Between Exegesis and Homiletics : Examining the Genres at Play in an LDS Commentary
Studies in the Bible and Antiquity
Neal A. Maxwell Institute for Religious Scholarship; Brigham Young University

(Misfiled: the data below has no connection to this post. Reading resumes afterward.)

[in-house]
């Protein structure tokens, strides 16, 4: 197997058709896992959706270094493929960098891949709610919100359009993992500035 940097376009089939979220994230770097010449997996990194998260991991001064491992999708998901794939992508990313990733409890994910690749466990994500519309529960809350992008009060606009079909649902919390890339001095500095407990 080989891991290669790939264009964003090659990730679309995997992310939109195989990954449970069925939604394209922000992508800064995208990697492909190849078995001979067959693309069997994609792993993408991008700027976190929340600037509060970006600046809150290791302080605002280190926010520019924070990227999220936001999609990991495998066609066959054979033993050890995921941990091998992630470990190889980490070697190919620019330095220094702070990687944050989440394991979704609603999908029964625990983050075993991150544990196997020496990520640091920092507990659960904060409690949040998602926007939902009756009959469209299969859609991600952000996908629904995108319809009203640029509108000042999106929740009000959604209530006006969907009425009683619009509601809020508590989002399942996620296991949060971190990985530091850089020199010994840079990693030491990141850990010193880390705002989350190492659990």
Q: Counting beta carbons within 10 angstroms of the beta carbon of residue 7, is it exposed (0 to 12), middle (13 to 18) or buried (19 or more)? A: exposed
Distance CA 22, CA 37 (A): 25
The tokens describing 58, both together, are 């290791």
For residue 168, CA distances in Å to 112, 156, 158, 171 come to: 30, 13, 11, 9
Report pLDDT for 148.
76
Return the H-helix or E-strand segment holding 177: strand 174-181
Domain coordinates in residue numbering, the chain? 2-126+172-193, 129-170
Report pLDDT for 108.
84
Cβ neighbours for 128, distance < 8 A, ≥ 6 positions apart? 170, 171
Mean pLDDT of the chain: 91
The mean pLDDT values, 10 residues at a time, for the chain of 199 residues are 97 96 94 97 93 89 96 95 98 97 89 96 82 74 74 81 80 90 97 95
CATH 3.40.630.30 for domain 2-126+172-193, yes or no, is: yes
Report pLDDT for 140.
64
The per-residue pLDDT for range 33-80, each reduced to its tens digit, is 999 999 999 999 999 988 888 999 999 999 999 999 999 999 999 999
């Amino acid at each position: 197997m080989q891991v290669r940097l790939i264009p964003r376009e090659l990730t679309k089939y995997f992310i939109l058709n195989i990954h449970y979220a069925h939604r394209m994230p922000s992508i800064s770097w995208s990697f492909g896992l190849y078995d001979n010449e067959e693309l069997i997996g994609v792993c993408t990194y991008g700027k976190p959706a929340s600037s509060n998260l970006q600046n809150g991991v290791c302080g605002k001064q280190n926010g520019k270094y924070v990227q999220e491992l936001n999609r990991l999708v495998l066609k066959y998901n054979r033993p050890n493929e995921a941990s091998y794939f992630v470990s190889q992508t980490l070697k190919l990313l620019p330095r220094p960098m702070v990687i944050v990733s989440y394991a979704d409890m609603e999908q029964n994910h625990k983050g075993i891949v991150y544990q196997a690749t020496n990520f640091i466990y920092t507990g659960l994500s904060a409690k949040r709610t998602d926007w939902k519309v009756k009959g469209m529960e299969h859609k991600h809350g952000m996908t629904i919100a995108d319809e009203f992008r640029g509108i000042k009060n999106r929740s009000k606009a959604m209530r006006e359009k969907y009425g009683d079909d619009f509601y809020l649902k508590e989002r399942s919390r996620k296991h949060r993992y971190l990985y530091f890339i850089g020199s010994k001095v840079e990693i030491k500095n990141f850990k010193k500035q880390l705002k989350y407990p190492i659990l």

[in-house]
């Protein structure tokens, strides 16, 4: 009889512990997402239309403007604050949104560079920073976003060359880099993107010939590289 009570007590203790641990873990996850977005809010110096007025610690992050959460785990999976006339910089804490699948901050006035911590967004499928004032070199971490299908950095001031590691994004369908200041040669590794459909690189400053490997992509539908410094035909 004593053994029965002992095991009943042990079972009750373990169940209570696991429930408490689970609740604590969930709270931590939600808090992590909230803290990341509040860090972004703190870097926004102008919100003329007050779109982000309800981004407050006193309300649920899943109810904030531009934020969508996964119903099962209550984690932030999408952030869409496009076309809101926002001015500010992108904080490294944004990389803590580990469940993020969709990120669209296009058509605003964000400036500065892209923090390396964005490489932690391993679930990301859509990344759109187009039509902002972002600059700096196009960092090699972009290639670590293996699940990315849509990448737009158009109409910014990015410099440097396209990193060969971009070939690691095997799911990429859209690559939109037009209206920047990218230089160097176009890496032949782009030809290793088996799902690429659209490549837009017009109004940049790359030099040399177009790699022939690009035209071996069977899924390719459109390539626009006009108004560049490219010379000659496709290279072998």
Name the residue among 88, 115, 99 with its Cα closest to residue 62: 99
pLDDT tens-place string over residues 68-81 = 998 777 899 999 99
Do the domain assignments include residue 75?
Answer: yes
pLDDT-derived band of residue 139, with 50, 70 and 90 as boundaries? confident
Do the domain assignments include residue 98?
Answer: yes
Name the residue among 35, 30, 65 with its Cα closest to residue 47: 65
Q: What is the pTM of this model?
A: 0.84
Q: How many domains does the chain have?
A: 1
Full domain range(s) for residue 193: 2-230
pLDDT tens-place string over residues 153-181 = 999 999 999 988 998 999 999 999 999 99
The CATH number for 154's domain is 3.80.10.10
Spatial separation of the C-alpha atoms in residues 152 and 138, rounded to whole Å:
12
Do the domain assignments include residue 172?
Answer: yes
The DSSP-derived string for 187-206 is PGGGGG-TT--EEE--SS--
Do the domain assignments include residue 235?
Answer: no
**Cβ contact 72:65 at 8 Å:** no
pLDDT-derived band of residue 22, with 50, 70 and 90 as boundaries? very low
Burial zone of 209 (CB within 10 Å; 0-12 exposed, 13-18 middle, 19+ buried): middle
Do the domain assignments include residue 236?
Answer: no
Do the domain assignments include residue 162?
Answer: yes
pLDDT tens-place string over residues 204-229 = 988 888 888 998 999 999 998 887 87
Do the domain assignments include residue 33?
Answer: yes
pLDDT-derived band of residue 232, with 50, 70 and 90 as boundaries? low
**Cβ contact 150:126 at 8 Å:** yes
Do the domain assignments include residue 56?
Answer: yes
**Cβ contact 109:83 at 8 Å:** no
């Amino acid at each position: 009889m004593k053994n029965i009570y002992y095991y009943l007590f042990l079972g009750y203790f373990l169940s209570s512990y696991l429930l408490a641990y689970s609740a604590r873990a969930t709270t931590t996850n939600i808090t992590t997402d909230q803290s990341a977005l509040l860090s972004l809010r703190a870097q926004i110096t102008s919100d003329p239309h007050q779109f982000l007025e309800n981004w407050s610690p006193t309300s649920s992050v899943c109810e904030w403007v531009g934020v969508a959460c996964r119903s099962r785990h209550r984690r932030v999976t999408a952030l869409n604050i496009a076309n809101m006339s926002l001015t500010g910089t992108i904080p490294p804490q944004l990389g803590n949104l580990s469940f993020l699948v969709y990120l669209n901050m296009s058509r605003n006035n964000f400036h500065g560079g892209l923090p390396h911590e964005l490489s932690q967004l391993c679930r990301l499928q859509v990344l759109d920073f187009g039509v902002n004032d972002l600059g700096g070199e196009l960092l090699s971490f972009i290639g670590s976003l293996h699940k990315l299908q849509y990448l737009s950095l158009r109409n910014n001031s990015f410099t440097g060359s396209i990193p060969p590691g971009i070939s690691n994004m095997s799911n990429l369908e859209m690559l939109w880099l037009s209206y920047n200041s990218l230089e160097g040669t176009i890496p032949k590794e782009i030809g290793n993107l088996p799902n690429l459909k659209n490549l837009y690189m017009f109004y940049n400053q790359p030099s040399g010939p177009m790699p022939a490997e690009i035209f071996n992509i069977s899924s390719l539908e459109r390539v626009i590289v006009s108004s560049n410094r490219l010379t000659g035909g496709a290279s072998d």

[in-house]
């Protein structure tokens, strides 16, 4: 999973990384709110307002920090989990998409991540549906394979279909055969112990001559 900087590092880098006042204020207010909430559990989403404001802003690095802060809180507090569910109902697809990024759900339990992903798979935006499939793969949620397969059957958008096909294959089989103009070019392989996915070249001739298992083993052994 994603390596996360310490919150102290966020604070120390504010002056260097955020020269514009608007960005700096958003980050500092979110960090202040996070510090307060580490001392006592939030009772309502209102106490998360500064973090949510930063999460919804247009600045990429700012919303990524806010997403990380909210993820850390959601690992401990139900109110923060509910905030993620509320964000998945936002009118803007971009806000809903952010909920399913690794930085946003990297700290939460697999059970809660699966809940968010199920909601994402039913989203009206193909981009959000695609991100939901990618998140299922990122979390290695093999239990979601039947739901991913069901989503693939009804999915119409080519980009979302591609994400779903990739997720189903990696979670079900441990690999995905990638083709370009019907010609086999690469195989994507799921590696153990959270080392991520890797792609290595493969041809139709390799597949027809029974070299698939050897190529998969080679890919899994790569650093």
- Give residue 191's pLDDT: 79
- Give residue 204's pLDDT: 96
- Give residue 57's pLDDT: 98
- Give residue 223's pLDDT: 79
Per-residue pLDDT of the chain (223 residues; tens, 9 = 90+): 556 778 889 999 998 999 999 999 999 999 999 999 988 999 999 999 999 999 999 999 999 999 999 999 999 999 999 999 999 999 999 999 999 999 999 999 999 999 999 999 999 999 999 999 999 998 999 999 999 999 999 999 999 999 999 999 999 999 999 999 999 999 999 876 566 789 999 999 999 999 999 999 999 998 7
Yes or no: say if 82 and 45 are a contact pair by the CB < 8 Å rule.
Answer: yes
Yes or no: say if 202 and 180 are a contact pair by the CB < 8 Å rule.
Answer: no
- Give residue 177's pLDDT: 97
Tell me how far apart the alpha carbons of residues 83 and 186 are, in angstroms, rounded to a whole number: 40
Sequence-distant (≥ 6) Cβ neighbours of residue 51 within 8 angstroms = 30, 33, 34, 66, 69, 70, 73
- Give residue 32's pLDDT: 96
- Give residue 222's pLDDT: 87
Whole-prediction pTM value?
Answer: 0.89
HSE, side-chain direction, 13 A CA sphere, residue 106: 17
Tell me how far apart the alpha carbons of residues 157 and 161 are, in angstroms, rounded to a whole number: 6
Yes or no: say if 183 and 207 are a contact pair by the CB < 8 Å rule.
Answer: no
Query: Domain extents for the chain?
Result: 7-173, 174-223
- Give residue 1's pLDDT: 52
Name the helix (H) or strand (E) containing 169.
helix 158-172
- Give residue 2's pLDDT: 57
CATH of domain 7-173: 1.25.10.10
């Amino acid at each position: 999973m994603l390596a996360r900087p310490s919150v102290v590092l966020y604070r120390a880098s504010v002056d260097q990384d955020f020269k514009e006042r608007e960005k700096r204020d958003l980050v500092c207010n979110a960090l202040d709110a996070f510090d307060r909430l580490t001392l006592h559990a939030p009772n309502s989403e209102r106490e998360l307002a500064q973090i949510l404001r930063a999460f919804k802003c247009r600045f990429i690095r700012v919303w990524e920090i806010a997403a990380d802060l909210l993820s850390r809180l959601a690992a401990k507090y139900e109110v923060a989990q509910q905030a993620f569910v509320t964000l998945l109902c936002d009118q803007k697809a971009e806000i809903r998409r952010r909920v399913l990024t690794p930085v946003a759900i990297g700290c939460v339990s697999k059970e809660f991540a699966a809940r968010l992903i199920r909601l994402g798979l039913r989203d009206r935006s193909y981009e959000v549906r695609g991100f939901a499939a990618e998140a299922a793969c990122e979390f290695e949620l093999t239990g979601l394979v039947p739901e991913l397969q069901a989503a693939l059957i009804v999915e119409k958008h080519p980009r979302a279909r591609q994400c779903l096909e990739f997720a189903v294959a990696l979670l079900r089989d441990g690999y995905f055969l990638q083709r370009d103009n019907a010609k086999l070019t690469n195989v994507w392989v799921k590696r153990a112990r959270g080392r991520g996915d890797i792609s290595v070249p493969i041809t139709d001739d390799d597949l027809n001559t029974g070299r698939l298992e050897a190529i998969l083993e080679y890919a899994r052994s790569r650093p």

In this review I intend to organize my comments around considerations of commentary genres. Although Draper and Rhodes do not specifically identify the type of commentary they intended to create, the goals listed above shed some light on the matter. Generally speaking, biblical commentaries fall into four categories: reception history, exegetical, homiletic, and finally, personal reflection or meditation. Draper and Rhodes appear to have intended to produce a mixed-genre commentary. Thus, their assertion that they have presented all the relevant information in the LDS tradition is consistent with reception history approaches. Their interest in describing what John meant, their work with translation, and their claim to read Revelation verse by verse in its historical context indicate an exegetical commentary. Finally, the authors' overt faith commitment in the early pages alerts the reader that there will be homiletic content as well as a presentation of more personal reflections and confessional interests. Since this work is produced from within the academic community, under the BYU series title, I will also evaluate it according to the standards for modern scholarly work. I have made no attempt, however, to provide an analysis of coherence with LDS doctrine.